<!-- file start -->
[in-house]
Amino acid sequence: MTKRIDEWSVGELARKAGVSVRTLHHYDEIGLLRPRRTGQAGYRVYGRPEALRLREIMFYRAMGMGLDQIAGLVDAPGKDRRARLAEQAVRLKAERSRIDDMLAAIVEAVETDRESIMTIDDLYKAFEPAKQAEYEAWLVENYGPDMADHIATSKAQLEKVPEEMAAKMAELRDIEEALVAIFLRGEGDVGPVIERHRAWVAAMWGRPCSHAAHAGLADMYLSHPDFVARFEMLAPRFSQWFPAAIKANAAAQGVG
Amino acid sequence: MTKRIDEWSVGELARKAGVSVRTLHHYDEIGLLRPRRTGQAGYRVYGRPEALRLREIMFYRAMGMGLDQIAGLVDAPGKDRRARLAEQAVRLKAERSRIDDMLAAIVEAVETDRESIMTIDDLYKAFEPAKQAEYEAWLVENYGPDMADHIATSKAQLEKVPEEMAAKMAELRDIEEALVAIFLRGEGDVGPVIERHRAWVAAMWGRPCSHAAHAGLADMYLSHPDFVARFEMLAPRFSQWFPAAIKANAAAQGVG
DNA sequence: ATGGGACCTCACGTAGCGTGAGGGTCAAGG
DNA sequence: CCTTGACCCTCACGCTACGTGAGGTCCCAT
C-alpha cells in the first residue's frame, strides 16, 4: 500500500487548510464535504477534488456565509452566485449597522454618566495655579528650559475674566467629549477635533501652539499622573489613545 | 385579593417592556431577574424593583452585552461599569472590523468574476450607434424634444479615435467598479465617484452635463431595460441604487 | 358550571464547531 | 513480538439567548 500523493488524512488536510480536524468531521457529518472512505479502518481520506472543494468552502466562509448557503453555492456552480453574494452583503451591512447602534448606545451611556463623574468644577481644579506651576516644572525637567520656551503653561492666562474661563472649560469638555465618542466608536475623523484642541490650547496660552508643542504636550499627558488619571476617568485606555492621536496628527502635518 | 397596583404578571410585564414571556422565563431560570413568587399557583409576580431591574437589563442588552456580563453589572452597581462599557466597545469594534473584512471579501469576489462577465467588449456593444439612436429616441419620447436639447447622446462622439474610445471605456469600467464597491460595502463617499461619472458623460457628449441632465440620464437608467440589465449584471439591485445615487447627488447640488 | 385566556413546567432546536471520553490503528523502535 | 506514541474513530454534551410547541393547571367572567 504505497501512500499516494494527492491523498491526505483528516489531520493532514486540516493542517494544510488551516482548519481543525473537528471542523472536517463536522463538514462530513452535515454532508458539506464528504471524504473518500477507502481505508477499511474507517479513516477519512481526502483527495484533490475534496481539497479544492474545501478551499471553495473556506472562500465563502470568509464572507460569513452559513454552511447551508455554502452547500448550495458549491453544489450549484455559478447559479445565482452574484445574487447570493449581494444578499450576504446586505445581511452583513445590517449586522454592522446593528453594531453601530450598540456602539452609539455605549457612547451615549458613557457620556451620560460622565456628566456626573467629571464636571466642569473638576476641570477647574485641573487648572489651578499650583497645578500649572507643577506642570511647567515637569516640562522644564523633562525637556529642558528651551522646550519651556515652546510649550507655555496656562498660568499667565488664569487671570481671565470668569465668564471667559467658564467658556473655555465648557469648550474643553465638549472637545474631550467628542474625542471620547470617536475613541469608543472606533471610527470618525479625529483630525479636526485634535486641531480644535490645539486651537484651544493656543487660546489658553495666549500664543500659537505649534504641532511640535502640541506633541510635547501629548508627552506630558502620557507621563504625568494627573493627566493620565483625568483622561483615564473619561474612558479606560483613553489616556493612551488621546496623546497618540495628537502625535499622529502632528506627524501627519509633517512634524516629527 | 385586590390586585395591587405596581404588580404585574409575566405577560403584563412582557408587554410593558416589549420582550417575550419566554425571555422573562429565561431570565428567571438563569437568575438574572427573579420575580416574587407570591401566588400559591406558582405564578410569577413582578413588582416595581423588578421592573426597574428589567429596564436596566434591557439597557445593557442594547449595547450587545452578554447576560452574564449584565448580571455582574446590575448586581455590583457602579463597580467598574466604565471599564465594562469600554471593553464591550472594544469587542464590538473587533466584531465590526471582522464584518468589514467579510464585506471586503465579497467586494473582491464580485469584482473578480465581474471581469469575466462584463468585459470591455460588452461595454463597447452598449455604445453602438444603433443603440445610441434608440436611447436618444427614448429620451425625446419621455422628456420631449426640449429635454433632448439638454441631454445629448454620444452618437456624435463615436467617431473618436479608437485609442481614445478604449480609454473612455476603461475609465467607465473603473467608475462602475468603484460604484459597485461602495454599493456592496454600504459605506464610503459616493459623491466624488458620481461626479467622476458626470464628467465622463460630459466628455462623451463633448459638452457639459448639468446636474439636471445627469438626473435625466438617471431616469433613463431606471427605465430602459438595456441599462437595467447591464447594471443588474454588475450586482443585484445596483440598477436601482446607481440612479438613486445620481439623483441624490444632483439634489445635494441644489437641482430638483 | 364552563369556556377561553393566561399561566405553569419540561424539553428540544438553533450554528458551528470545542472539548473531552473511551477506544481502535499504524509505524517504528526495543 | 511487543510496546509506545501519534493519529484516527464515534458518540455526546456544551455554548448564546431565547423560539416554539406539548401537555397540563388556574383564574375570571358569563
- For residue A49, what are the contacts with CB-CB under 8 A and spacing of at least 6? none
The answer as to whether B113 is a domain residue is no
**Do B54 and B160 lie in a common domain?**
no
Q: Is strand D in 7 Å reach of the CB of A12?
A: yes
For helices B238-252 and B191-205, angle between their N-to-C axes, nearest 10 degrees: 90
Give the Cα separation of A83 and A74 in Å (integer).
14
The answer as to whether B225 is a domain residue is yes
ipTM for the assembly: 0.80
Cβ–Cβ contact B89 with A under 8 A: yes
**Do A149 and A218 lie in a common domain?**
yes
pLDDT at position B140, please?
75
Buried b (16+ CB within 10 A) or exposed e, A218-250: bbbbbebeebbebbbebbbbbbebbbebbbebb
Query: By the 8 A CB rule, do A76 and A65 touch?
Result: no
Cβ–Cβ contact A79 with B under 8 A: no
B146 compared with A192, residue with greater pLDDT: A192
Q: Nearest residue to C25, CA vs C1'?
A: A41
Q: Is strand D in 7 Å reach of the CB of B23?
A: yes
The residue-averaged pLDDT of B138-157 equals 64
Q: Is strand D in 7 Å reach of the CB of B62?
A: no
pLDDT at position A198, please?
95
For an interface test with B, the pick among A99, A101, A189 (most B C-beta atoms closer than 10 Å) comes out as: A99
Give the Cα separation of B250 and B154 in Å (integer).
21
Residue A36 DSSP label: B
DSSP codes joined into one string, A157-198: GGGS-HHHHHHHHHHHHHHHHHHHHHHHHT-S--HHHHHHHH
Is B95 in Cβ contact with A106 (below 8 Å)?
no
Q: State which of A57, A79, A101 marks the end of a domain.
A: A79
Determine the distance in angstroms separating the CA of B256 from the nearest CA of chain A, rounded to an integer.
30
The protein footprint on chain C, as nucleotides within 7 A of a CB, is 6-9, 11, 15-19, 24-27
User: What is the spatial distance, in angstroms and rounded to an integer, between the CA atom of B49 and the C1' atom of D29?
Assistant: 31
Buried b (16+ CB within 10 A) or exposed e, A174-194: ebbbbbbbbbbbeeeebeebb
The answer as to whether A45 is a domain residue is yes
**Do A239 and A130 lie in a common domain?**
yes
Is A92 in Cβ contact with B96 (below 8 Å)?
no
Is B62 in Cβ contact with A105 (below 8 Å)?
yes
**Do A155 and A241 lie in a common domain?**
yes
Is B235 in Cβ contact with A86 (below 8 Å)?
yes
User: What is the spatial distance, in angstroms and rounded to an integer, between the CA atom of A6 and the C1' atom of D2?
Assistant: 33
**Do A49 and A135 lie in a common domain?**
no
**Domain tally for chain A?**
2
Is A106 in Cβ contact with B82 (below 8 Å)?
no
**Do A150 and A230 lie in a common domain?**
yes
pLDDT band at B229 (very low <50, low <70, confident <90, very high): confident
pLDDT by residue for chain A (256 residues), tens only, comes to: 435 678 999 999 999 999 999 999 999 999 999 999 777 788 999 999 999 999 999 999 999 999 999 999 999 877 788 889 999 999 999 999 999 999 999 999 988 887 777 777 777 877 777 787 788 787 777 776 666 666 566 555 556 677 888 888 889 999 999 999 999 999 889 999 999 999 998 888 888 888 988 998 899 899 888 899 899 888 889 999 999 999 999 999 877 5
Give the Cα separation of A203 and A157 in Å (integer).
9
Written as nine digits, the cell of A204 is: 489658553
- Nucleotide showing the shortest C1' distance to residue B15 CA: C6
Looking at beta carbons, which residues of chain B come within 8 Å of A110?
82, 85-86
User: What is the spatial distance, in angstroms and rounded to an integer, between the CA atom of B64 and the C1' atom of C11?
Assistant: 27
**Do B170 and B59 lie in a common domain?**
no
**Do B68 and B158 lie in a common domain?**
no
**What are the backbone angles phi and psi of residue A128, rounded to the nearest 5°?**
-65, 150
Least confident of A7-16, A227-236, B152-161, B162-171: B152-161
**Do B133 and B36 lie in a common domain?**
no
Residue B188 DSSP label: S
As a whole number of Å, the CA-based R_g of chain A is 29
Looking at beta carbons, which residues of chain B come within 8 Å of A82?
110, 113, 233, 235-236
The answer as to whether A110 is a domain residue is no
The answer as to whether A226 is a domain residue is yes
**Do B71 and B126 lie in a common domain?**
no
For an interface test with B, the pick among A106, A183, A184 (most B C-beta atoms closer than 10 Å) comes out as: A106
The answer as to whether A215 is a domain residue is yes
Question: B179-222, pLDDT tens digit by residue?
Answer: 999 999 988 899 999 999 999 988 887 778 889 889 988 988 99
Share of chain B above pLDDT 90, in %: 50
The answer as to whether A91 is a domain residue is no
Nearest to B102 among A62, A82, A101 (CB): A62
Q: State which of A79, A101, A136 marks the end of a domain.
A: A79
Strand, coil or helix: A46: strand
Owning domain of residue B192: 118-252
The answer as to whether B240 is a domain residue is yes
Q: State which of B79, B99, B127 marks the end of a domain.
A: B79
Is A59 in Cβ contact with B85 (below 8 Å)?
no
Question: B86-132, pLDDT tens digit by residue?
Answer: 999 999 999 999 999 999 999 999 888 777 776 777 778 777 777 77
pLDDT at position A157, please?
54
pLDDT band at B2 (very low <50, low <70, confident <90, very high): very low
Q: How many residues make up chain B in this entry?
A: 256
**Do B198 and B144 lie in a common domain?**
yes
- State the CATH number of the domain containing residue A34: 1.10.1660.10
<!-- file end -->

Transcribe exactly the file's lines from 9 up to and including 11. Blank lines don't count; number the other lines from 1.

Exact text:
**Do B54 and B160 lie in a common domain?**
no
Q: Is strand D in 7 Å reach of the CB of A12?